Nationwide Marketing Group Furniture Director Johnny Lamp recently provided a great overview of the tariff issue and explains the varying approaches vendors and retailers are taking in their response. However, I want to take a moment to share some data that puts the issue in perspective as it relates to the entire industry.
First, about 35% of retail sales of furniture and mattresses were imported from China, and about 3% from Mexico. This leaves a balance of roughly 62% that is not affected by the tariff discussion. In addition, U.S. furniture and mattress production totals over $22 billion, but subtract out exports, and only about $20 billion is domestically consumed. Chinese imports are about $19 billion, so the actual balance is about 50/50 import to domestic.
The media and pundits are projecting a story that the furniture industry is highly dependent on China, but it is only 50% of the business. Production is moving to Vietnam and other Asian countries, but they are challenged to handle the logistics, labor and infrastructure to absorb all the demand. As a result, the majority of China tariff increases will work its way through the supply network.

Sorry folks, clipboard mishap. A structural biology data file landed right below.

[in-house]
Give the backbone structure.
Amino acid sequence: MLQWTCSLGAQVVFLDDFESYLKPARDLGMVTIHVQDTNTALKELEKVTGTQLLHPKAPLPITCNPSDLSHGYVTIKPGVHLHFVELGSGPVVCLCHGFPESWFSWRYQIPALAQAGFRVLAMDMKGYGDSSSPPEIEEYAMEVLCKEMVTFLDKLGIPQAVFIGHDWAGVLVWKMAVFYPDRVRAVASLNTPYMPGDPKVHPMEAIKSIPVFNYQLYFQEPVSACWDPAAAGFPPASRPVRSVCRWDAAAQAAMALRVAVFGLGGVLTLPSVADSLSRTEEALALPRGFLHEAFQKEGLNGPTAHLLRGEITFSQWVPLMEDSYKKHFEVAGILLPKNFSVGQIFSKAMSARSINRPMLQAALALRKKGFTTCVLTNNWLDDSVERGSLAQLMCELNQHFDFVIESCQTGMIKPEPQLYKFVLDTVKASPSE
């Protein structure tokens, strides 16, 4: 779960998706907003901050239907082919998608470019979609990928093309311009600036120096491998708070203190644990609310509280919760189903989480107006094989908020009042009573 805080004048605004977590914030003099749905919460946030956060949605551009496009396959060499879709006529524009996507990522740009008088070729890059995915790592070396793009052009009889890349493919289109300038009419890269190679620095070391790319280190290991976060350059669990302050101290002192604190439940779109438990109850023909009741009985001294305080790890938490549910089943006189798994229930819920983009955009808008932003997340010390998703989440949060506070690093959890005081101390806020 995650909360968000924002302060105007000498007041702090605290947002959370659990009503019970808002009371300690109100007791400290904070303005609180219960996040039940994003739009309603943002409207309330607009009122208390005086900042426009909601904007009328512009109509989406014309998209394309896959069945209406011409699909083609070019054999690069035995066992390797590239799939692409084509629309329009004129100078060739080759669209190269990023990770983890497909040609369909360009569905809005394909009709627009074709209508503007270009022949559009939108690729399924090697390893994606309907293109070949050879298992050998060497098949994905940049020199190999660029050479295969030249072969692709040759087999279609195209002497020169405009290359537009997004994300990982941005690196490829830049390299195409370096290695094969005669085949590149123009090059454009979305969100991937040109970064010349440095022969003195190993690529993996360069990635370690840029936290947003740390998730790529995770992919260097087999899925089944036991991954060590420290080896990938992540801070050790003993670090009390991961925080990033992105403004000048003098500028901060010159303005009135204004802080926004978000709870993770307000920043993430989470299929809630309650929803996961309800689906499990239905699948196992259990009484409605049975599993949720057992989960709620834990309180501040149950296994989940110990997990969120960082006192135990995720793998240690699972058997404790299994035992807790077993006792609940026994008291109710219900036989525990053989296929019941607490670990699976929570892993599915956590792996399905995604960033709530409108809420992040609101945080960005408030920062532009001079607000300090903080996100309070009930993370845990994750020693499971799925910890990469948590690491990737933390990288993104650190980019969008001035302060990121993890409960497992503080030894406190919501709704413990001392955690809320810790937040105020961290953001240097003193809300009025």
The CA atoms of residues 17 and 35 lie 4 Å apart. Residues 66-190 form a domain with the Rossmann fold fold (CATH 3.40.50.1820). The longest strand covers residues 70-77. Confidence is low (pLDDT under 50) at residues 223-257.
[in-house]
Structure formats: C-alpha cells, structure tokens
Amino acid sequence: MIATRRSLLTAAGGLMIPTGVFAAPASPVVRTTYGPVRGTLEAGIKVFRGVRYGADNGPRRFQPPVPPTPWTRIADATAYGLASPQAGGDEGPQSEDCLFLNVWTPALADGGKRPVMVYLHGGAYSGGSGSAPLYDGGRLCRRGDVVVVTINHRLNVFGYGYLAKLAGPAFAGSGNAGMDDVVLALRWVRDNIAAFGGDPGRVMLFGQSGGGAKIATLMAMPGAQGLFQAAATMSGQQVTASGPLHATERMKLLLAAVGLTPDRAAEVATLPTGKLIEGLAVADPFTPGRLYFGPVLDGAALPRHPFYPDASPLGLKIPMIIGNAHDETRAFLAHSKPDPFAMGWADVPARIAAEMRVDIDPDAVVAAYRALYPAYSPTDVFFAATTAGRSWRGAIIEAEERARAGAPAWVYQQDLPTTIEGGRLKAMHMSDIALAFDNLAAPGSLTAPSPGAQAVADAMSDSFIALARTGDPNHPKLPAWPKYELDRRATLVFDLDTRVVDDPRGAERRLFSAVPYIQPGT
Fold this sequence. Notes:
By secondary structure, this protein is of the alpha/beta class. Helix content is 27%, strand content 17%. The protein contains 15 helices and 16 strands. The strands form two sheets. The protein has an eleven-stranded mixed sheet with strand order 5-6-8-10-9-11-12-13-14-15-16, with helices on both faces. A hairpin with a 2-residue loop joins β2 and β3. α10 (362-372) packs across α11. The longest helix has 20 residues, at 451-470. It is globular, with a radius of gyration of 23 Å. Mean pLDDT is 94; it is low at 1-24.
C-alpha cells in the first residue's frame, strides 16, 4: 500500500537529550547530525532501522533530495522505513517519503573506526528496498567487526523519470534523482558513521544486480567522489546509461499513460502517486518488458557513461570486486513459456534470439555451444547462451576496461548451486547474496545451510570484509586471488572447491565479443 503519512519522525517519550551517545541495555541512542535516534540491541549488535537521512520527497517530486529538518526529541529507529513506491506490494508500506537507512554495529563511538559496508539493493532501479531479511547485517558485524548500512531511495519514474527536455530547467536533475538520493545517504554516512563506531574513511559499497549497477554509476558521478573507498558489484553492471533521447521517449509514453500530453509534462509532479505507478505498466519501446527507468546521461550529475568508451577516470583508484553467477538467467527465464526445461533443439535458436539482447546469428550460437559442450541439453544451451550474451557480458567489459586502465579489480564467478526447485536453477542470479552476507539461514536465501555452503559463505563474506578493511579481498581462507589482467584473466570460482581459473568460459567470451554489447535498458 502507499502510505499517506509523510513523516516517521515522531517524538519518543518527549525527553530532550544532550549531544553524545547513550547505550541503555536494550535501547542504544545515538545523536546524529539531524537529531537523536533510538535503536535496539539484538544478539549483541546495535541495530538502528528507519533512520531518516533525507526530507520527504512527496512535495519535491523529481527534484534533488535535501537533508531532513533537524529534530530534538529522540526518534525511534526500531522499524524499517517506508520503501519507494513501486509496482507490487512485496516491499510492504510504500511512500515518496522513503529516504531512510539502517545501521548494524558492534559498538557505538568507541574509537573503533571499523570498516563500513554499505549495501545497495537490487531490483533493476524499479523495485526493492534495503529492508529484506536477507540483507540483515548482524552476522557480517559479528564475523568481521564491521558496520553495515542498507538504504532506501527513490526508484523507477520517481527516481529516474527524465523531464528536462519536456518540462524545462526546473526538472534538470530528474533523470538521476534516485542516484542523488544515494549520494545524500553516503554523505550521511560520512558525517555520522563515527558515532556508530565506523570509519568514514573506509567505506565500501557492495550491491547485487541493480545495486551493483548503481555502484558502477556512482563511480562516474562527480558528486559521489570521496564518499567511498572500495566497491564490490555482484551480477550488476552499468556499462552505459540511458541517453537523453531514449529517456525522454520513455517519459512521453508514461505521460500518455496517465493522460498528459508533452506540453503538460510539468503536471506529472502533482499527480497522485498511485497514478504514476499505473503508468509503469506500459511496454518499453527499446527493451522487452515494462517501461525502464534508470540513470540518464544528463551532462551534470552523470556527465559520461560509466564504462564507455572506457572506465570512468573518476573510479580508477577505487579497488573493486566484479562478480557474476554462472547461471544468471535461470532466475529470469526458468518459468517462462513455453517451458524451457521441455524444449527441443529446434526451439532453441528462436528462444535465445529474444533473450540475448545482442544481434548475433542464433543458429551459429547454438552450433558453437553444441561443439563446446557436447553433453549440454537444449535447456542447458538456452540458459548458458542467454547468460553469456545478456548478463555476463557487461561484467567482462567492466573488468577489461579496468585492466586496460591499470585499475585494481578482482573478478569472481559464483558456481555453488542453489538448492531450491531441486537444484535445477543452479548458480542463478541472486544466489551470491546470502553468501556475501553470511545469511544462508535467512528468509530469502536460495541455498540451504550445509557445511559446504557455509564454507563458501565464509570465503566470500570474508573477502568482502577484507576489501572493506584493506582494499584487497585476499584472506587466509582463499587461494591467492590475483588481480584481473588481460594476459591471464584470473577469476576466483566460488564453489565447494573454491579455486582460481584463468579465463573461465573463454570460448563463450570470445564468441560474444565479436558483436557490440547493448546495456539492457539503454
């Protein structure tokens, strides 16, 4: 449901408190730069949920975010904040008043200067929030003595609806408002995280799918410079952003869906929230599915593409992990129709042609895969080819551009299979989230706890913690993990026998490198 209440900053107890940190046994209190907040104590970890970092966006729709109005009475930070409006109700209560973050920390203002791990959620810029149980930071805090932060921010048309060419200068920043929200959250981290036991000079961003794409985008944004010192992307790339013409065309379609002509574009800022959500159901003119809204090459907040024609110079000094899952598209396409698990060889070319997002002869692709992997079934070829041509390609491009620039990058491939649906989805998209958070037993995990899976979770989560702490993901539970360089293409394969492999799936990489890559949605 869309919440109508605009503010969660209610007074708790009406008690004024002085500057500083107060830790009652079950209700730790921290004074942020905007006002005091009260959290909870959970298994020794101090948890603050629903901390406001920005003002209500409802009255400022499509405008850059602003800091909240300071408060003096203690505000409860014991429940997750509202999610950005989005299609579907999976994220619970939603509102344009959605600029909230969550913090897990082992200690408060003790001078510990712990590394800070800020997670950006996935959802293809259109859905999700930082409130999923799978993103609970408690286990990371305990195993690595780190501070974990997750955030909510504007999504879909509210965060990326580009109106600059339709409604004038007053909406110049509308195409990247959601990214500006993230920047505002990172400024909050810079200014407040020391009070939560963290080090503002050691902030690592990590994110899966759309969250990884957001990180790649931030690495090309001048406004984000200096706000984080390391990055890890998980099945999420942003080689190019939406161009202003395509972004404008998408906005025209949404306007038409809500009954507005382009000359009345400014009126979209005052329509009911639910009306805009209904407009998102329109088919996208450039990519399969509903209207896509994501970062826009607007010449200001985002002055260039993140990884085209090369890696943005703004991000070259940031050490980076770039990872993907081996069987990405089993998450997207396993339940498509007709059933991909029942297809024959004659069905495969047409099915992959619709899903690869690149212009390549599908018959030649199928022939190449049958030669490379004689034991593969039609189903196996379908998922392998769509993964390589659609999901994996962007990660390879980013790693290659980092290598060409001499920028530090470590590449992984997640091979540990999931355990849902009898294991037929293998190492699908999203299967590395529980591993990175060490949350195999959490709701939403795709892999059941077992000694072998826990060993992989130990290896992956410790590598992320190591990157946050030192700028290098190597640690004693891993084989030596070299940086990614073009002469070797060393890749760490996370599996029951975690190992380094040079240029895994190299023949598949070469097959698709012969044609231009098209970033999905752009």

Nationwide vendors consist of a blend of domestic and import suppliers delivering a variety of price points and style. China represents 31% of the wood furniture and 29% of upholstered furniture sold nationally, and these are represented in our programs. At the end of the day, consistent quality, design and order flow is what members count on to deliver a good experience for their customers.
In summary, the top Nationwide retail performers choose vendor partners carefully, are loyal to build volume and importance, and promote and grow them for mutual success. In most cases, this is done with a blend of domestic and import supply chains to bring value locally.
Jerry Honea is the senior vice president of furniture and bedding at Nationwide Marketing Group